Malcontents in Arkansas are pressuring the University of Arkansas to bar a Christian group from using Razorback Stadium in Fayetteville for one of their meetings because they don't like what the group stands for, according to the Northwest Arkansas Times.

Various groups in the area say the Promise Keepers, an group of predominantly evangelical Christian men dedicated to preserving morality and family values, are intolerant and shouldn't be allowed to use campus facilities.

Melanie Dietzel, president of the local chapter of the National Organization for Women, insists that she is for freedom of speech and faith but "not when it's something designed to hurt other people ... (the Promise Keepers') rhetoric is certainly hurtful to people and I don't think that's something the university should encourage."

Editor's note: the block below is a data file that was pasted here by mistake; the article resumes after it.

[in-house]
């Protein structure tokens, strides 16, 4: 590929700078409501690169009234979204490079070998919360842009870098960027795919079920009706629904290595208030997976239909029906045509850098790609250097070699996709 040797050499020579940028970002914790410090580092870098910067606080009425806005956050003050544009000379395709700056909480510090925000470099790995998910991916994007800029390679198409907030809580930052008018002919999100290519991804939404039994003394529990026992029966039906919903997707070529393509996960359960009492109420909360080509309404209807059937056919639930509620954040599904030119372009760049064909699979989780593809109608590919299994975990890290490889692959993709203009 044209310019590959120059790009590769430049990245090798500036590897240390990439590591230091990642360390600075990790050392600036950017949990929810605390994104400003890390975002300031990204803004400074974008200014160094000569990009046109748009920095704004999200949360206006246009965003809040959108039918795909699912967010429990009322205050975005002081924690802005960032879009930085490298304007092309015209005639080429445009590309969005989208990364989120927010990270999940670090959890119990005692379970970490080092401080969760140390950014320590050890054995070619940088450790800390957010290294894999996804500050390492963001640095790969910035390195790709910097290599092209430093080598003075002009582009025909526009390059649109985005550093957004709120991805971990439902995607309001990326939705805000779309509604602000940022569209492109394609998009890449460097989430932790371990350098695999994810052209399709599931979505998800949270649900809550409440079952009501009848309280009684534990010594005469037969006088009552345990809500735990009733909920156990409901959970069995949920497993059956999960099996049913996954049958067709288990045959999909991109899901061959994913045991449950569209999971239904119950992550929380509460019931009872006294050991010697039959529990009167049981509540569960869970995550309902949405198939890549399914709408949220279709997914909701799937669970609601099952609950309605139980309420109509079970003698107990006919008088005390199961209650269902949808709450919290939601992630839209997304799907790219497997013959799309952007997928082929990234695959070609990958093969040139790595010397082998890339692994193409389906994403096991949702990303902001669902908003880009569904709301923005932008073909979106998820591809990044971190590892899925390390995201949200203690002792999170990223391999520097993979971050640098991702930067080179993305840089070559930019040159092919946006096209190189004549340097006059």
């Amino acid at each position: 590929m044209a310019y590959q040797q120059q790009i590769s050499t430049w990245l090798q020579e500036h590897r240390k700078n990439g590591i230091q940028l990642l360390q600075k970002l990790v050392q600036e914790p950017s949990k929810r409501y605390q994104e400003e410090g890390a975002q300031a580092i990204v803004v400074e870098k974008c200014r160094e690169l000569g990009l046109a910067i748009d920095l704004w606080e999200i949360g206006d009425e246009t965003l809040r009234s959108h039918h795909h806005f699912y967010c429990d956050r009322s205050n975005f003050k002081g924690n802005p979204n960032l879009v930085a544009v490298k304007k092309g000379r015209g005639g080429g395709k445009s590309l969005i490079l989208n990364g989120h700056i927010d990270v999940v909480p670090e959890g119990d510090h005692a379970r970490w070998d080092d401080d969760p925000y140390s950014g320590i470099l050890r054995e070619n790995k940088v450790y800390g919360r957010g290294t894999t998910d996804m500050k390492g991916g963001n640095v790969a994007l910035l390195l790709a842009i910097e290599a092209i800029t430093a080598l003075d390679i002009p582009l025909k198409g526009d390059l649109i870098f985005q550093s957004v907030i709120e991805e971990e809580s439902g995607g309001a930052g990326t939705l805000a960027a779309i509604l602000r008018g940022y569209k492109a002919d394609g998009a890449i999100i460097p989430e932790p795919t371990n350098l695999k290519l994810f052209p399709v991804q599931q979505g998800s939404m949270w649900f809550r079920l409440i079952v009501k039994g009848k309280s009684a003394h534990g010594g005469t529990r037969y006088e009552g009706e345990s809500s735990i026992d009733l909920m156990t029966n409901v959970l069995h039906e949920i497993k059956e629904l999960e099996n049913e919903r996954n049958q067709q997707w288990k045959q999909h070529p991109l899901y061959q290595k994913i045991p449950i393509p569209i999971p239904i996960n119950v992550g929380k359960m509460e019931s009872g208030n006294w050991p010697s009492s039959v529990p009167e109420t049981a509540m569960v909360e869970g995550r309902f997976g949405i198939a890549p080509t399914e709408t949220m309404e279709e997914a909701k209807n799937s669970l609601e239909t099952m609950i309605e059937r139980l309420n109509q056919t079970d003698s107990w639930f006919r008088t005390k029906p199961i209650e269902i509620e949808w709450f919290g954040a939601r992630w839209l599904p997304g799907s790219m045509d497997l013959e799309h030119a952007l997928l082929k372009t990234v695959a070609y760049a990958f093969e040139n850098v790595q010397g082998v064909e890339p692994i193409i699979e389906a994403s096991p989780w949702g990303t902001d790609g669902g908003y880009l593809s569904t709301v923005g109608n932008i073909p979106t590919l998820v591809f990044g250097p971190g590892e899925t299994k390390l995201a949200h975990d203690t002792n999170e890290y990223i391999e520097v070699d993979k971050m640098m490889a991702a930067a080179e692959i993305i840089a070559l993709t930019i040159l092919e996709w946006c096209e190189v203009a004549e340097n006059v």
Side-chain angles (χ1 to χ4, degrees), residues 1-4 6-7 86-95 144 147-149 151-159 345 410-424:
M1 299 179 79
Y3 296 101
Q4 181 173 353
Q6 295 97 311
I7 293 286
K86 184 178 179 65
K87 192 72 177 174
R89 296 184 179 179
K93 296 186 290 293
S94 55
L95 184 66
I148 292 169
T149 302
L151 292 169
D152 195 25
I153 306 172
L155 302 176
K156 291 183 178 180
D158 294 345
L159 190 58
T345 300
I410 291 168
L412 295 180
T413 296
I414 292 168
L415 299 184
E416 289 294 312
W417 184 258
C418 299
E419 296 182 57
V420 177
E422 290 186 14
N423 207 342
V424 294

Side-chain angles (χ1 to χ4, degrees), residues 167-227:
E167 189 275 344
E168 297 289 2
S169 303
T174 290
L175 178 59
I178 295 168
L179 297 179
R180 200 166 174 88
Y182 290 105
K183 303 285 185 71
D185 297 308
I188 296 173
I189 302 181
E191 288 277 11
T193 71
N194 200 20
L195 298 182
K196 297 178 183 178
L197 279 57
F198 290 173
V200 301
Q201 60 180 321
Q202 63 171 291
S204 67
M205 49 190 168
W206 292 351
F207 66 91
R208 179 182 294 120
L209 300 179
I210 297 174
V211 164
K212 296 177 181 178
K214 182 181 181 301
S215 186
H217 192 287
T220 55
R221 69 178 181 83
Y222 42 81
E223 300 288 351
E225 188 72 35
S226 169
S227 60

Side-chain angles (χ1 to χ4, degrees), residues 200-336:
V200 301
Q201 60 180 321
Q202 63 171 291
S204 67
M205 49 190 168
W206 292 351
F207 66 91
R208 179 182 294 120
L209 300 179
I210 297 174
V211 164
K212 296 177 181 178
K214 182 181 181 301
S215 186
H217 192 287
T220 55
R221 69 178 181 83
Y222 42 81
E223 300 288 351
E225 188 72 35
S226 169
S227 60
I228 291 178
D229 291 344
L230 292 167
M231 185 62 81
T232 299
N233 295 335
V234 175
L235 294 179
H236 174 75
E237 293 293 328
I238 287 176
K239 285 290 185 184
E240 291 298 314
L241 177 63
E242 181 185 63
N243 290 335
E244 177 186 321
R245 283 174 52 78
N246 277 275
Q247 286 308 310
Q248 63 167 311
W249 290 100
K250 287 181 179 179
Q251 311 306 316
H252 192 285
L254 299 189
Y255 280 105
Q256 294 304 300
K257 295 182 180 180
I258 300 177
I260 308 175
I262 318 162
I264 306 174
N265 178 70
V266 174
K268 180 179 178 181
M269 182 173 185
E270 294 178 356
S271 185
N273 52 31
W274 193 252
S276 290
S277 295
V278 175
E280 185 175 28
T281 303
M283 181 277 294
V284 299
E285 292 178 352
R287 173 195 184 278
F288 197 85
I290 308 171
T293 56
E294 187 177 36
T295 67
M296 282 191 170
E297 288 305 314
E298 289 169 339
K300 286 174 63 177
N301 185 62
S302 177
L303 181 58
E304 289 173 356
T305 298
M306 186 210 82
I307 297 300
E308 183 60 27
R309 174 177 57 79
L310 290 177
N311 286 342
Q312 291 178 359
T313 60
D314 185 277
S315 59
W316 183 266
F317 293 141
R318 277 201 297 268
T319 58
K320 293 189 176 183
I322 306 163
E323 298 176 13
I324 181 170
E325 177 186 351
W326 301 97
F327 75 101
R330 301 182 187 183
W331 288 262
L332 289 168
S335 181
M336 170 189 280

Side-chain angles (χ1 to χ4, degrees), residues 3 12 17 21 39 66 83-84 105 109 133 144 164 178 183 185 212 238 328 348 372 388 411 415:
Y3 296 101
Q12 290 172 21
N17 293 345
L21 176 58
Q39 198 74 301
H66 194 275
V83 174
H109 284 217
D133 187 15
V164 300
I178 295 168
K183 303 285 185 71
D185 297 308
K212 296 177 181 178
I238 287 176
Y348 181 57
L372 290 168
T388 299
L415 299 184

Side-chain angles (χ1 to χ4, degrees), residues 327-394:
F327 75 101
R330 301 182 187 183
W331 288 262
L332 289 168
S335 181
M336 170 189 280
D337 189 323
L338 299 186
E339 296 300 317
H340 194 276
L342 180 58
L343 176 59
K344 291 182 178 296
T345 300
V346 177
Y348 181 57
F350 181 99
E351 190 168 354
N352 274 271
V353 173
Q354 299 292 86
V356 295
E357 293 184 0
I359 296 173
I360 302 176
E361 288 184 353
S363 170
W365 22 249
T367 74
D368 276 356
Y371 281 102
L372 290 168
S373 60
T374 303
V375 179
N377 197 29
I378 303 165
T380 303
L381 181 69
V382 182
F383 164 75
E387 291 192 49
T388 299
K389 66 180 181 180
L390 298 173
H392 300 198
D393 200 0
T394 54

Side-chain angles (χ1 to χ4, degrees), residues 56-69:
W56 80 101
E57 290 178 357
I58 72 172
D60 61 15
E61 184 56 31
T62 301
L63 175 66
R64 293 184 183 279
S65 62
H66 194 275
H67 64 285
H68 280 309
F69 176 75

Evidently, swearing fidelity to, and respect for, one's spouse is hurtful rhetoric, but one wonders who is being hurt by it. The only people we can think of would be the women these men would otherwise be philandering with.


Officials in Washington State are trying to determine whether a Bible verse can be considered offensive after a nimrod complained about one such verse on a vanity license plate, according to KOMO-TV.

Jane Milhans of Tacoma has had a plate reading "John 3-16" for some 21 years without a complaint, but a woman recently called the state to say it was an illegal endorsement of religion by the state.

The woman's complaint read in part: "I was offended that I have to be 'prayed over' by a license plate... What happened to keeping church and state separate?"

Milhans will now have to defend her plate in front of a review committee, which will decide next month whether she can keep it.

UPDATE: The state has decided that Milhans can keep her plate.

That's a relief. It would be an additional relief to read that the woman who filed the complaint is receiving the psychiatric care she obviously requires.